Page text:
Barack Obama: “I will appoint a qualified FAA administrator who has an unwavering commitment to public service and will put the safety and security of the American people ahead of partisanship and ideology. I have been extremely concerned about reports of the FAA’s actions the past seven years, and I am committed to turning back some of the recent failures and creating an FAA that is responsive to public concerns, as well as concerns from aircraft users across the country.”

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AOPA’s Boyer cites JPDO in lobbying for a “special emphasis” on GA

It might be a slight stretch, but AOPA President Phil Boyer is claiming a shared vision with the JPDO over the future of America’s smaller GA airports. In an open letter to Acting FAA Administrator Robert Sturgell (press release), Boyer argues for a

special emphasis on preserving and improving America’s general aviation airports [and] increasing all-weather access to those airports

The release goes on to link the AOPA’s goals to statements from the JPDO about airport preservation:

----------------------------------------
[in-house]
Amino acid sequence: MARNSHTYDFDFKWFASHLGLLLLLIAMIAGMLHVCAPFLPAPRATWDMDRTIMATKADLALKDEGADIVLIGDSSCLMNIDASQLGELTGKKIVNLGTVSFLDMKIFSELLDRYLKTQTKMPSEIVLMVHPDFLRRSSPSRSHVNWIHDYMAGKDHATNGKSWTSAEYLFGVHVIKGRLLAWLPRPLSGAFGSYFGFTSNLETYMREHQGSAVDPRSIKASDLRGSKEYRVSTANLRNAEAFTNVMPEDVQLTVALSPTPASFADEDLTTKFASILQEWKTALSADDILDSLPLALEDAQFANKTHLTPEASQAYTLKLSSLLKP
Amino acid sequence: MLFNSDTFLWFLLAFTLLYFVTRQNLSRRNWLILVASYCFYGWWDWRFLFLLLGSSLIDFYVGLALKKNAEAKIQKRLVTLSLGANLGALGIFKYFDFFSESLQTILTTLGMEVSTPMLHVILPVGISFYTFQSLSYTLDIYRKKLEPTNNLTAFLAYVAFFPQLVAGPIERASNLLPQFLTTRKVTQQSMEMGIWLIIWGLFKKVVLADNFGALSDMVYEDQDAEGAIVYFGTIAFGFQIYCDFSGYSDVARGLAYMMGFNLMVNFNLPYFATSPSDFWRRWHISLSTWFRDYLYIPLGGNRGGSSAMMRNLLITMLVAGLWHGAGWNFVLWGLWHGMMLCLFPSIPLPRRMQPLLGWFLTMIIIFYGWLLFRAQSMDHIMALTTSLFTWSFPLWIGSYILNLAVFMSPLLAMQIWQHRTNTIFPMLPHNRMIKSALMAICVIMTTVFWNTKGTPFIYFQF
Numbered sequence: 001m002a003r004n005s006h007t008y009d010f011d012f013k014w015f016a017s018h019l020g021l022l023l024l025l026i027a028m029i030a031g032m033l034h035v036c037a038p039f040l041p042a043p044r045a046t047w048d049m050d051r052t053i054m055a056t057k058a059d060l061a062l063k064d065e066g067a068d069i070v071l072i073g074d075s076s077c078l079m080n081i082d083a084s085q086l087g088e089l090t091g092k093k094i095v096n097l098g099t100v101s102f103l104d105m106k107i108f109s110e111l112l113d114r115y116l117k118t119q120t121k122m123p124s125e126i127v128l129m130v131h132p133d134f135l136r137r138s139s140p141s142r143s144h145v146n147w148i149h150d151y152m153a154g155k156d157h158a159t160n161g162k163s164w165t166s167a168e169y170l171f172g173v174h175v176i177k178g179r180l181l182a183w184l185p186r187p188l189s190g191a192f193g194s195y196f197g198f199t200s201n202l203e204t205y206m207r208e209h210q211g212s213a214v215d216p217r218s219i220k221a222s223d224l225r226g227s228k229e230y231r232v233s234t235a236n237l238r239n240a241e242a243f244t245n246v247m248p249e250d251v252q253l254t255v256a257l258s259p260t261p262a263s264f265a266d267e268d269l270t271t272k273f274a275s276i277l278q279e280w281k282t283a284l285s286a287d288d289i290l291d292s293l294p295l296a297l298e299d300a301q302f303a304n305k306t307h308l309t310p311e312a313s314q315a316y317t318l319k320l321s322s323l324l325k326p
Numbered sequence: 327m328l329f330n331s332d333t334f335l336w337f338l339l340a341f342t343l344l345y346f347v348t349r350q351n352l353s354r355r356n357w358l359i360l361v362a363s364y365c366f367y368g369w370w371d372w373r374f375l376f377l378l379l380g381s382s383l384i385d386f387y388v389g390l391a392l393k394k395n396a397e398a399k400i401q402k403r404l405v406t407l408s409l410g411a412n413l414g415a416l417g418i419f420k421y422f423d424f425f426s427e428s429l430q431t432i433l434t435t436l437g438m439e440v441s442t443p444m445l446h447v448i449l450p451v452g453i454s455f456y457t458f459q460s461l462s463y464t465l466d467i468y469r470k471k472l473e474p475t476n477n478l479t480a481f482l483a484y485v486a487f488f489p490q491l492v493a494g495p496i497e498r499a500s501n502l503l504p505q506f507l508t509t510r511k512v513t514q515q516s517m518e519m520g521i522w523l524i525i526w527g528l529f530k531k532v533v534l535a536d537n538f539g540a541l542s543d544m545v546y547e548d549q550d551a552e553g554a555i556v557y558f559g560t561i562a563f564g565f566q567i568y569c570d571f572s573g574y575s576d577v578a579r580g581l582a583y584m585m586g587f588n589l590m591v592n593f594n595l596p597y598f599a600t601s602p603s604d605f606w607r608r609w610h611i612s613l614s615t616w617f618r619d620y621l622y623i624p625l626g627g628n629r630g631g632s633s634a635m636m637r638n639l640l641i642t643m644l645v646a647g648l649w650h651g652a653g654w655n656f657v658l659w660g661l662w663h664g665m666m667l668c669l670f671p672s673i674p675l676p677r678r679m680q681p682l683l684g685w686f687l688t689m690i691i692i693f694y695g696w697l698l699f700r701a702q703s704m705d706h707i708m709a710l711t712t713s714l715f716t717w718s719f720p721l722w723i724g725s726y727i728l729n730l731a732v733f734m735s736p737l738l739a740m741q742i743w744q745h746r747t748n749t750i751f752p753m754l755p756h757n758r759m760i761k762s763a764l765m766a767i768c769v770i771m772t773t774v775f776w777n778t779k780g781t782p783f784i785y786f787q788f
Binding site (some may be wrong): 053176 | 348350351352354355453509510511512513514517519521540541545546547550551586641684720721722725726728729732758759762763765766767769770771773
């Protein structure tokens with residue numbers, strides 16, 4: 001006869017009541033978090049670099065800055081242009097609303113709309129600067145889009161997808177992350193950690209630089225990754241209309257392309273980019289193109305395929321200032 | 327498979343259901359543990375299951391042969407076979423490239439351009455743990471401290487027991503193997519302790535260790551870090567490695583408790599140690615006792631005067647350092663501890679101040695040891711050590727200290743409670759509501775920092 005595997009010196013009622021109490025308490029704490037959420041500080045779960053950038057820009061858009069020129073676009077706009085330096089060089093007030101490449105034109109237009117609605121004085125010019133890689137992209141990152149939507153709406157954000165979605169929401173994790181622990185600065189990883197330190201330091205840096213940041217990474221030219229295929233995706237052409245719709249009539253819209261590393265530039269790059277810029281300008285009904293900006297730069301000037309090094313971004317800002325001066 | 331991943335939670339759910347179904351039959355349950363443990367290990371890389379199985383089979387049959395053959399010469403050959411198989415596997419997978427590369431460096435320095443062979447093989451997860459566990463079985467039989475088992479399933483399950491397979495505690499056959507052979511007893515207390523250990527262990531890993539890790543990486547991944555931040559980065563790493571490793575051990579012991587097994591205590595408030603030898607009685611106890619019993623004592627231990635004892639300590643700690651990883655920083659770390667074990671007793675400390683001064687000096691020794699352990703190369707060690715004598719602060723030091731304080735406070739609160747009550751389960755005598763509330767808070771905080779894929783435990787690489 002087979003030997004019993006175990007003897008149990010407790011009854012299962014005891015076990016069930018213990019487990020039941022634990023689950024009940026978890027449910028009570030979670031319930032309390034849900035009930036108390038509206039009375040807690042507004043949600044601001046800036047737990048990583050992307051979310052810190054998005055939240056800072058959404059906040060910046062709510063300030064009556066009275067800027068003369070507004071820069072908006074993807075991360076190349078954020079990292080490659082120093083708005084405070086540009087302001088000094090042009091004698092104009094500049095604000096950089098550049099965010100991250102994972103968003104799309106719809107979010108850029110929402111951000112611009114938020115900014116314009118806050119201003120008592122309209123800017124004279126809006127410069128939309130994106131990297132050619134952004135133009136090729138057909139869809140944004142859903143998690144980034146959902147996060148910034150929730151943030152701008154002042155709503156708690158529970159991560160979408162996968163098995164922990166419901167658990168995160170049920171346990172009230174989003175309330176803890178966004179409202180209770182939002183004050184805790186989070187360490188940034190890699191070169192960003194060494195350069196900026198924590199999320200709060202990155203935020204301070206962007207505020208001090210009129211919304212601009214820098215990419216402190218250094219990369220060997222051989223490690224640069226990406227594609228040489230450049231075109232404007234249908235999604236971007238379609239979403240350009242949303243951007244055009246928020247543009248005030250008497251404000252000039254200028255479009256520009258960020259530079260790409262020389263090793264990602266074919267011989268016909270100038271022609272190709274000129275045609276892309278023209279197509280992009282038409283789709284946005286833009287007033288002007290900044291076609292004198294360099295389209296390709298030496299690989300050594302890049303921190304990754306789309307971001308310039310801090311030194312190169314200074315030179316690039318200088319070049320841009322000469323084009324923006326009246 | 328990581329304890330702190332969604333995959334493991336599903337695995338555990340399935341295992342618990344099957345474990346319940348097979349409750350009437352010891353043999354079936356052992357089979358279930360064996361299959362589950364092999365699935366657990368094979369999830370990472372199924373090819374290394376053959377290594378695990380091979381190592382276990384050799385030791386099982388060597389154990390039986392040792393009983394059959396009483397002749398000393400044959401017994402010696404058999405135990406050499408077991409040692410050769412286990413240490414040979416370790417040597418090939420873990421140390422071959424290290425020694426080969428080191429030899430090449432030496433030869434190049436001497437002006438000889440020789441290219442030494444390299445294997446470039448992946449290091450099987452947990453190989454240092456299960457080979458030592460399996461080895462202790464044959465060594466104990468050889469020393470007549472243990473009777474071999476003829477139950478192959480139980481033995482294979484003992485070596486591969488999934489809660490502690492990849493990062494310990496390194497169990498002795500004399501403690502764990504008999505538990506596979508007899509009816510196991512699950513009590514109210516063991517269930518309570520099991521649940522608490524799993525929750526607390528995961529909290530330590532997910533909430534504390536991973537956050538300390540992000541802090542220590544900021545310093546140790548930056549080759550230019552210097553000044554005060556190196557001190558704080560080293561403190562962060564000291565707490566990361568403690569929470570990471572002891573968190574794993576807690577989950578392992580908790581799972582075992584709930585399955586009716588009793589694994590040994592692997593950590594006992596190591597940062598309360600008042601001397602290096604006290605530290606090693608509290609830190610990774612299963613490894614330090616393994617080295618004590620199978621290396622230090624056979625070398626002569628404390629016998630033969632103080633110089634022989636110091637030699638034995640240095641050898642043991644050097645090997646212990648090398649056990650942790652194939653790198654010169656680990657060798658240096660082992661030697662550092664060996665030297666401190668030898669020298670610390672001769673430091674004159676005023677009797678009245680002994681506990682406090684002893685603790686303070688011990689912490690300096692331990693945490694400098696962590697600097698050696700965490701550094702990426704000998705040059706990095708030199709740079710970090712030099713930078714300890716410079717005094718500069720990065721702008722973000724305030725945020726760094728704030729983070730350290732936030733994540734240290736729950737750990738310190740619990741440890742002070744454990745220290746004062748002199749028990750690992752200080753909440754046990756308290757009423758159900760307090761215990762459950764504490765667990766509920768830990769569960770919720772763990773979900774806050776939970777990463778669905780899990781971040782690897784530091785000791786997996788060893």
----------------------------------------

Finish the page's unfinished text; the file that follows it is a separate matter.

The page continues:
Boyer noted that the Joint Planning and Development Office, which is leading efforts to implement the next generation air traffic control system, has identified the need to preserve the nation’s airport system and called on the FAA to do all it can to help the preservation effort.

“The FAA must build on this visionary work and focus resources on developing plans, policies, and budgets that not only preserve the airports that we have today, but also ensure their future through infrastructure investments.”

Boyer’s letter comes as the AOPA lobbies for changes to the current FAA Flight Plan, an annual document laying out the agencies road map for the next five years.

[Kudos to Aero-news.net for their coverage.]